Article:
LOPES, FERNAO (1380?-1459?), the patriarch of Portuguese historians, was appointed keeper of the royal archives, then housed in the castle of St George in Lisbon, by King John I. in November 1418. He acted as private secretary to the Infants D. Duarte and D. Fernando, and when the former ascended the throne he charged Lopes, by letter of the 19th of March 1434, with the work of " putting into chronicles the stories of the kings of old time as well as the great and lofty actions of the most virtuous king my lord and father " (John I.). The form of the appointment marked its limits, and is a sufficient reply to those modern critics who have censured Lopes for partiality. Notwithstanding his official title of chief chronicler of the realm, he was the king's man (Vassallodel Rei), and received his salary from the royal treasury. King Alphonso V. confirmed him in his post by letter of the 3rd of June 1449, and in 1454, after thirty-six years' service in the archives and twenty as chronicler, he resigned in favour of Gomez Eannes de Azurara. The latter pays a tribute to his predecessor as " a notable person, a man of rare knowledge and great authority," and the modern historian Herculano says, " there is not only history in the chronicles of Fernao Lopes, there is poetry and drama as well; there is the middle age with its faith, its enthusiasm, its love of glory." Lopes has been called the Portuguese Froissart, and that rare gift, the power of making their subjects live, is common to the two writers; indeed, had the former written in a better-known language, there can be little doubt that the general opinion of critics would have confirmed that of Robert Southey, who called Lopes " beyond all comparison the best chronicler of any age or nation." Lopes was the first to put in order the stories of the earlier Portuguese monarchs, and he composed a general chronicle of the kingdom, which, though it never appeared under his name, almost certainly served as a foundation for the chronicles of Ruy de Pina (<?..). Lopes prepared himself for his work with care and diligence, as he tells us, not only by wide reading of books in different languages, but also by a study of the archives belonging to municipalities, monasteries and churches, both in Portugal and Spain. He is usually a trustworthy guide in facts, and charms the reader by the na'ive simplicity of his style.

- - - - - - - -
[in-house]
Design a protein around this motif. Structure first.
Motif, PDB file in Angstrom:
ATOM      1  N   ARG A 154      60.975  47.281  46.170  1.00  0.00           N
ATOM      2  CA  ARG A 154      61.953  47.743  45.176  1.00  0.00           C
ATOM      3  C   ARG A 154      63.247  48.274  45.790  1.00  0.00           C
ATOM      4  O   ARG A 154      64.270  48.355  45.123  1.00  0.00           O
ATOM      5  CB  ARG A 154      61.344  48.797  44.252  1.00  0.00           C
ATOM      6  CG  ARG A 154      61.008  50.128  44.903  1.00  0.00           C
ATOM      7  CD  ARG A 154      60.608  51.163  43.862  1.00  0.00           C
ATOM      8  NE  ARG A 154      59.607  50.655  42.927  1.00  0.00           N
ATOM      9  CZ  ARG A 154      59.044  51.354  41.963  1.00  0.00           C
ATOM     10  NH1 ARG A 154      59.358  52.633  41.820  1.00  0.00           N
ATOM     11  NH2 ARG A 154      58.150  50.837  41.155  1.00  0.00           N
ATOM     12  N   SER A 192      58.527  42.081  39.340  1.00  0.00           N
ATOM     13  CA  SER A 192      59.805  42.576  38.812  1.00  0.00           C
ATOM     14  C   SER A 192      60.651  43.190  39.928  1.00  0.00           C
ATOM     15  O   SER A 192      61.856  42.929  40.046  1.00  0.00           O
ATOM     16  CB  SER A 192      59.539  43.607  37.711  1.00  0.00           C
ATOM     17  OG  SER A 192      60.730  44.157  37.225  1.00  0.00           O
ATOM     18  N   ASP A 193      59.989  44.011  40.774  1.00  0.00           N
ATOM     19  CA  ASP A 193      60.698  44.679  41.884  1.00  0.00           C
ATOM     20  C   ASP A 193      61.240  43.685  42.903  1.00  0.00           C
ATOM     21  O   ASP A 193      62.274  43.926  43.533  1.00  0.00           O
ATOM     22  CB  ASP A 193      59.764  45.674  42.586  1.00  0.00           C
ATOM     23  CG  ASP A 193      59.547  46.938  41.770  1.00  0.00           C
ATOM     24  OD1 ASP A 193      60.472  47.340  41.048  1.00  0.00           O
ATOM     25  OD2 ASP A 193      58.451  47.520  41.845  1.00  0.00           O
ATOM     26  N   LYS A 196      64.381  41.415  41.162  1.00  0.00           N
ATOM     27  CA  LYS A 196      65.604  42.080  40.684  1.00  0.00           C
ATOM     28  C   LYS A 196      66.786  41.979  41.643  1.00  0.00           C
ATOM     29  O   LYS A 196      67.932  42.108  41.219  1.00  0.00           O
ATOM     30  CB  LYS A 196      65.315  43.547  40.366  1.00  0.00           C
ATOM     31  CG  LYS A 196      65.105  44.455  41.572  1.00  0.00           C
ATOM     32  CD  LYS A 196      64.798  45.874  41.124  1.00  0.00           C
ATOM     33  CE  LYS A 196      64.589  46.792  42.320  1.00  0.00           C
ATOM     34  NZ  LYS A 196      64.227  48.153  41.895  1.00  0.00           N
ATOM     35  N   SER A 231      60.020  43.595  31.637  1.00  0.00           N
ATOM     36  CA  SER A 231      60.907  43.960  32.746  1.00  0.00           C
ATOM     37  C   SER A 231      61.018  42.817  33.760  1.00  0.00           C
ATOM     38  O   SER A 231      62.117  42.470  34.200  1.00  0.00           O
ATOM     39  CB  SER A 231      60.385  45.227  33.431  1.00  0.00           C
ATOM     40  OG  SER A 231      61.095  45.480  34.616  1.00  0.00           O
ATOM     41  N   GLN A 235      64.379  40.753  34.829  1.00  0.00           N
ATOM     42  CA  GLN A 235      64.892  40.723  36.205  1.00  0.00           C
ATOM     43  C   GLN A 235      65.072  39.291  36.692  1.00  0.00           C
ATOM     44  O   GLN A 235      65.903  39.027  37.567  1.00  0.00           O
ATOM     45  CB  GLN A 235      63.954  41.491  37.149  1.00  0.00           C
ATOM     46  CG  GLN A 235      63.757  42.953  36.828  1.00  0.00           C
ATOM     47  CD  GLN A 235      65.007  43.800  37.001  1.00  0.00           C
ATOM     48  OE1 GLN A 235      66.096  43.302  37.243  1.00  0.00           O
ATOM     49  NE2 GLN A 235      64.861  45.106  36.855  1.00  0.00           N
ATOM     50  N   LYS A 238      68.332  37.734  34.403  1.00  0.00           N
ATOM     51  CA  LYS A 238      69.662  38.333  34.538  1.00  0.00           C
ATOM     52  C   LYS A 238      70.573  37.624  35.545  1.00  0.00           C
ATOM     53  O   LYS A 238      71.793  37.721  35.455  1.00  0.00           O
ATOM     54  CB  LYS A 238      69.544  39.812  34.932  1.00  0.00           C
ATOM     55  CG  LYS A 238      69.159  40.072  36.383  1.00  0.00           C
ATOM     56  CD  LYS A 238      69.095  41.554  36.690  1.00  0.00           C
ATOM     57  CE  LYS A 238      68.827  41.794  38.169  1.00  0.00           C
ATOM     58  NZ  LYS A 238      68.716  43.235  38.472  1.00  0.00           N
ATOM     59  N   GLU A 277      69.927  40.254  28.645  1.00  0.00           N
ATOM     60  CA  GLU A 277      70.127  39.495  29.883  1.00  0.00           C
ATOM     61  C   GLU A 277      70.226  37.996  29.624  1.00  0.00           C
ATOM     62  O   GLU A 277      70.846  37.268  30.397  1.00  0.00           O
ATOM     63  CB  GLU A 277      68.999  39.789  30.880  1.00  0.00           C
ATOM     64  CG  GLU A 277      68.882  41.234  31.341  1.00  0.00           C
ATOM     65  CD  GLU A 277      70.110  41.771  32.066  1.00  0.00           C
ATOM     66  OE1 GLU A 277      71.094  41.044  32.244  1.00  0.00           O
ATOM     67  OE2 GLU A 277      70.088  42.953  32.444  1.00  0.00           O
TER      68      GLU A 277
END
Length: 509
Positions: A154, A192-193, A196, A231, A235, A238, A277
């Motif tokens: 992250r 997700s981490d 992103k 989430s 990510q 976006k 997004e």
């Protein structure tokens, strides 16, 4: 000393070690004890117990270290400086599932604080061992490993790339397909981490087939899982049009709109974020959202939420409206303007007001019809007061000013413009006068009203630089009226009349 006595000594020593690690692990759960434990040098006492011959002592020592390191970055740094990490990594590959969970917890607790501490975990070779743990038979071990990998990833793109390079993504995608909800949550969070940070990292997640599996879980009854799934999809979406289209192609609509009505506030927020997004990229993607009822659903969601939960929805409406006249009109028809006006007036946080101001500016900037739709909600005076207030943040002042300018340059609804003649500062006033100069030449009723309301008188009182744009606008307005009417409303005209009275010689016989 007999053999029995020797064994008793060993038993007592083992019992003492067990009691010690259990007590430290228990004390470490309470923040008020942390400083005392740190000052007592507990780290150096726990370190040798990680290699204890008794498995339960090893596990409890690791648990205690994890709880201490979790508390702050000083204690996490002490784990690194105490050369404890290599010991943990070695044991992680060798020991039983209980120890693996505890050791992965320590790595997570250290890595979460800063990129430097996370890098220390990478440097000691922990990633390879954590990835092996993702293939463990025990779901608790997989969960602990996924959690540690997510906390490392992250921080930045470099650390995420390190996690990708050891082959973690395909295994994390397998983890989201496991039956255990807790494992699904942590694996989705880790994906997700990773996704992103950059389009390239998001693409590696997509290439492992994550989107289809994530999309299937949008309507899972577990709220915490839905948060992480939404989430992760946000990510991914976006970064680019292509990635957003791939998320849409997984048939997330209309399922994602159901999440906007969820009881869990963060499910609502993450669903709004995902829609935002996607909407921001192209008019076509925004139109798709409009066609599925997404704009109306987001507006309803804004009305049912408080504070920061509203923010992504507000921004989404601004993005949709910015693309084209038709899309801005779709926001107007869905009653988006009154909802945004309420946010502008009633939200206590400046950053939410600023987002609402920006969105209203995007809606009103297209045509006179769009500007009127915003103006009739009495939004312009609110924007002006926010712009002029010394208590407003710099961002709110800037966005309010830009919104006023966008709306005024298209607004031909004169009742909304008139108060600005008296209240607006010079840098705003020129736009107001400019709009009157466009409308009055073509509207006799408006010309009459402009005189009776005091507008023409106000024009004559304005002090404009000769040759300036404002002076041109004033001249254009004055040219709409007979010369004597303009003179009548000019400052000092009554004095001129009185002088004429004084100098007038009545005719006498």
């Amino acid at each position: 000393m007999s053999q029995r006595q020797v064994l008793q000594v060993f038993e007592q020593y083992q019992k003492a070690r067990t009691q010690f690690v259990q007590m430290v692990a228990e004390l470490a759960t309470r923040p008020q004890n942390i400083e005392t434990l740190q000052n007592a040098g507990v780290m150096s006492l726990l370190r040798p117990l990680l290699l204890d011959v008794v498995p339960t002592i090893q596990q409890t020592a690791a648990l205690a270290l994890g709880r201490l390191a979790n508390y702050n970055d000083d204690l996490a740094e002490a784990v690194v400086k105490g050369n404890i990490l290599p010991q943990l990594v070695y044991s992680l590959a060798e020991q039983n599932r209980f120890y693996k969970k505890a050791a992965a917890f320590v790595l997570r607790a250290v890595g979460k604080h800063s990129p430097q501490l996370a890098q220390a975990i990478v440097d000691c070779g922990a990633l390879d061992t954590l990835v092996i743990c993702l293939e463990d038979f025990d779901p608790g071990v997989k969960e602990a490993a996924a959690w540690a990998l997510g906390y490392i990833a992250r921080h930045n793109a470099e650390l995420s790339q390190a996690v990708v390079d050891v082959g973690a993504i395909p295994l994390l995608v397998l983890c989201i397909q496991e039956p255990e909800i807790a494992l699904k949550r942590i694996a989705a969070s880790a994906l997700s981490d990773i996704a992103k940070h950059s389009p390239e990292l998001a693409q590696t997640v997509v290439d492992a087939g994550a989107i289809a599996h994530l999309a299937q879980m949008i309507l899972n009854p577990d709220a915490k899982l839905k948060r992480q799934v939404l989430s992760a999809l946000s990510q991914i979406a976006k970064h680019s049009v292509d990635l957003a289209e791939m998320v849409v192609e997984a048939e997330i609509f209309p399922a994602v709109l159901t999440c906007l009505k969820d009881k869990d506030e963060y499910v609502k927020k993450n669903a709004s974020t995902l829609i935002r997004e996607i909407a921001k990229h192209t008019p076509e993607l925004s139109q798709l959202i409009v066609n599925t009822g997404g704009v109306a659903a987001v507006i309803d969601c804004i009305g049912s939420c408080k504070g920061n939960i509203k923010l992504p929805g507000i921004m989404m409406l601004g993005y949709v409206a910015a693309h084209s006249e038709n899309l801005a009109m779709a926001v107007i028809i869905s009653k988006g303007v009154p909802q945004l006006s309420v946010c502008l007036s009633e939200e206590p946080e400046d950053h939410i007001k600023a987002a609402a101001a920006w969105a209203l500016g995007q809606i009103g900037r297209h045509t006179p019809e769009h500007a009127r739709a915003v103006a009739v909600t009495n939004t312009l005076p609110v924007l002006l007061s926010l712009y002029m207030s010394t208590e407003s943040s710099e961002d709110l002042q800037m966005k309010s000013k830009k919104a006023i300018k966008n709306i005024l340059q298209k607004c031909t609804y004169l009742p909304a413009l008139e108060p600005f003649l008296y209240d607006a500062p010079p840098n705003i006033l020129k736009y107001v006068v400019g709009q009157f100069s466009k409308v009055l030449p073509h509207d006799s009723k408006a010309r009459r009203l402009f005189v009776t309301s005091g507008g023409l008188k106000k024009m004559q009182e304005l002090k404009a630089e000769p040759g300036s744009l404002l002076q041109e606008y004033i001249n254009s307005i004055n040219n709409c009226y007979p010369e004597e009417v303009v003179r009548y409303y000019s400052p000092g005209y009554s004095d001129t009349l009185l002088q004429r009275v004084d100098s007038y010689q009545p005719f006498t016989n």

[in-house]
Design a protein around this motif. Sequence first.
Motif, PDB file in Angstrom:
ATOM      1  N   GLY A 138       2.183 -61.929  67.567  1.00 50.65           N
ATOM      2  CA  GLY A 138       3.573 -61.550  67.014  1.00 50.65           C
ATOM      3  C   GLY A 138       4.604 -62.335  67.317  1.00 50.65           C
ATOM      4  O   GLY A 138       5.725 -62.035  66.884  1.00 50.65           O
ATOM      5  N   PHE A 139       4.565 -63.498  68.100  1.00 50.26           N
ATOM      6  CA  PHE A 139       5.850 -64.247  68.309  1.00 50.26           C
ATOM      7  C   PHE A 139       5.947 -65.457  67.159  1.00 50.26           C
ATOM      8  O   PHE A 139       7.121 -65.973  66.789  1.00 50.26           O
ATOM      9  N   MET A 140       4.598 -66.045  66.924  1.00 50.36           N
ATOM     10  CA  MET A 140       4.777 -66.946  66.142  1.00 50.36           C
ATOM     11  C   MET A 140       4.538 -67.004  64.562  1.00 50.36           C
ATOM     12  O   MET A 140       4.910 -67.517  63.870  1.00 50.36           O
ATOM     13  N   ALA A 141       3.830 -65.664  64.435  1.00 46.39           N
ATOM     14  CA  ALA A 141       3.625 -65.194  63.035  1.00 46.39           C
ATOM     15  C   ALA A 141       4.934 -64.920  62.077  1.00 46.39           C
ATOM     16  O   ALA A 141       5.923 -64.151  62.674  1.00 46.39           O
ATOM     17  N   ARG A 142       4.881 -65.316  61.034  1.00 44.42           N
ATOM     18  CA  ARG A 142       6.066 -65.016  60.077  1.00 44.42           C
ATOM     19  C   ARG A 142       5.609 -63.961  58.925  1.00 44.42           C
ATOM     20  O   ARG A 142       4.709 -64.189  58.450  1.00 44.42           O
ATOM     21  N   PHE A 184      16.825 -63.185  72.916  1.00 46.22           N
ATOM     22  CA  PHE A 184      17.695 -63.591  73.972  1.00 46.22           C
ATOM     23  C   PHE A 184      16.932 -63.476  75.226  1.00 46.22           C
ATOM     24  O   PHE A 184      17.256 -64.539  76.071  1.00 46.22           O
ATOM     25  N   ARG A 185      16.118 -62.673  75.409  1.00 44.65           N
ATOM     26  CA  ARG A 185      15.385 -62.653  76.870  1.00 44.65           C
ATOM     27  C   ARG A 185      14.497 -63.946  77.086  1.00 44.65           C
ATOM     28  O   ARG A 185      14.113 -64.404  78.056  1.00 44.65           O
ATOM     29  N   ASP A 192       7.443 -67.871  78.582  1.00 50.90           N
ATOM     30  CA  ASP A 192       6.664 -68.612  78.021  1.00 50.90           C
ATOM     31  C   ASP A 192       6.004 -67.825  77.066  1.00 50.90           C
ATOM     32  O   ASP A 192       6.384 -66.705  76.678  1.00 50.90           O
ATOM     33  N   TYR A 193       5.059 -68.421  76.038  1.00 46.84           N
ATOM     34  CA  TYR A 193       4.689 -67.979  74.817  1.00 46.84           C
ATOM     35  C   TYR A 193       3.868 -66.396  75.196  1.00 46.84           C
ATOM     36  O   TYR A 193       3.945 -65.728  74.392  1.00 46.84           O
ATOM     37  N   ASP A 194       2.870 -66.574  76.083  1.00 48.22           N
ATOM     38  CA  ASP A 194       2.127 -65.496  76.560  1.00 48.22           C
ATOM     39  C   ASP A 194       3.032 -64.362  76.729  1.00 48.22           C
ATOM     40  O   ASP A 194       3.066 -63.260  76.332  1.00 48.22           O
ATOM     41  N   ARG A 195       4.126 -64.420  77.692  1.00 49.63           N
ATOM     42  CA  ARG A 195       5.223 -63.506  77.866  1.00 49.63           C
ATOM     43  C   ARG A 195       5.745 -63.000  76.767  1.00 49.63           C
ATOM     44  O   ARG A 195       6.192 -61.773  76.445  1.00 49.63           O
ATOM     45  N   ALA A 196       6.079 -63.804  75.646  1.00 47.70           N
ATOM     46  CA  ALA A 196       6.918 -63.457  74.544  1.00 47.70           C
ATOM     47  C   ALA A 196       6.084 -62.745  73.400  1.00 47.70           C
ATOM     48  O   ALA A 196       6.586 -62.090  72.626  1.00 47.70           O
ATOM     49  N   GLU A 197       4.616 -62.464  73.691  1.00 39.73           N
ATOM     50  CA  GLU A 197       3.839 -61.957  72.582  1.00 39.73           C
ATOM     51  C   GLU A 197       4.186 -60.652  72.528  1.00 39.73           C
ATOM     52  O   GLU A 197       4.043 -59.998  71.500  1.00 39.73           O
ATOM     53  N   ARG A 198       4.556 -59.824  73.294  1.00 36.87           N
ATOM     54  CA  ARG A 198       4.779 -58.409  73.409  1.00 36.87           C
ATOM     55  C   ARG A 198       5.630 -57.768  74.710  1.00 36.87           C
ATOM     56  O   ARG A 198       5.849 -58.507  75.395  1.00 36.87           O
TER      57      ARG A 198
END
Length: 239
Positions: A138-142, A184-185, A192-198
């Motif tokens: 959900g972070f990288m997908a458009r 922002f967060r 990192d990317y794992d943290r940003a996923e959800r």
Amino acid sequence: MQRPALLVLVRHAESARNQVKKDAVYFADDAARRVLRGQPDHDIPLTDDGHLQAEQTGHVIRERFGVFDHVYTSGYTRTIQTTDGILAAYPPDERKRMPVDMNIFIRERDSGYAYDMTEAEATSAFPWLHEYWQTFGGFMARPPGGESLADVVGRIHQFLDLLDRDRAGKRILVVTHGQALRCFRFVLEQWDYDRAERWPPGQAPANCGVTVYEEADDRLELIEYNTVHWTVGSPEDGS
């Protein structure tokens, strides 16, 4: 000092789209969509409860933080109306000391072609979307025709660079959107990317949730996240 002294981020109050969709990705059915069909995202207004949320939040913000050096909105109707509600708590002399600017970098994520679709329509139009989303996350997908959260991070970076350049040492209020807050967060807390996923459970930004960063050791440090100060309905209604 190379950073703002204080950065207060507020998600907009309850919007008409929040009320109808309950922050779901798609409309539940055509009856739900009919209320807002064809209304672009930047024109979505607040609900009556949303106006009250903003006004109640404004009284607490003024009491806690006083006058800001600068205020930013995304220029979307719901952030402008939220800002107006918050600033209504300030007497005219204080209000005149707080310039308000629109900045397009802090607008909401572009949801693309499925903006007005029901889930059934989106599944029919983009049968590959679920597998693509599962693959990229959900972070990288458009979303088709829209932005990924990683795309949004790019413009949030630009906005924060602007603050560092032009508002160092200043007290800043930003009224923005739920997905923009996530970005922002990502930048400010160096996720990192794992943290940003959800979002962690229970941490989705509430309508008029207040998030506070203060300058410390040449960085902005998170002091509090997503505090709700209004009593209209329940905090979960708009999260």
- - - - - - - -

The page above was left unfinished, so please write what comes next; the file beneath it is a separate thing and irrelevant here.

His works that have come down are: (i) Chronica del Rei D. Joao I. de boa memoria, parts I and 2 (Lisbon, 1644). The third part relating the capture of Ceuta was added by Azurara. A corrected text of the chronicle has been issued by instalments in the Archive Historico Portuguez. (2) " Chronica do senhor rei D. Pedro I.," in vol. iv. of the Colleccao de Liiiros Ineditos da Historia Portugueza, published by the Academy of Sciences (Lisbon, 1816); a much better text than that published by Father Bayao in his edition of the same chronicle (Lisbon, 1760). (3) Chronica do senhor rei D. Fernando published in the same volume and collection. The British Museum has some important 16th-century MSS. of the chronicles.
See Damiao de Goes, Chronica del Rei Dom Manoel, part iv. ch. 38 ; Araago Morato, introduction to vol. iv. of the above collection; Herculano, Opuscules, vol. v. (E. PR.)
Note - this article incorporates content from Encyclopaedia Britannica, Eleventh Edition, (1910-1911)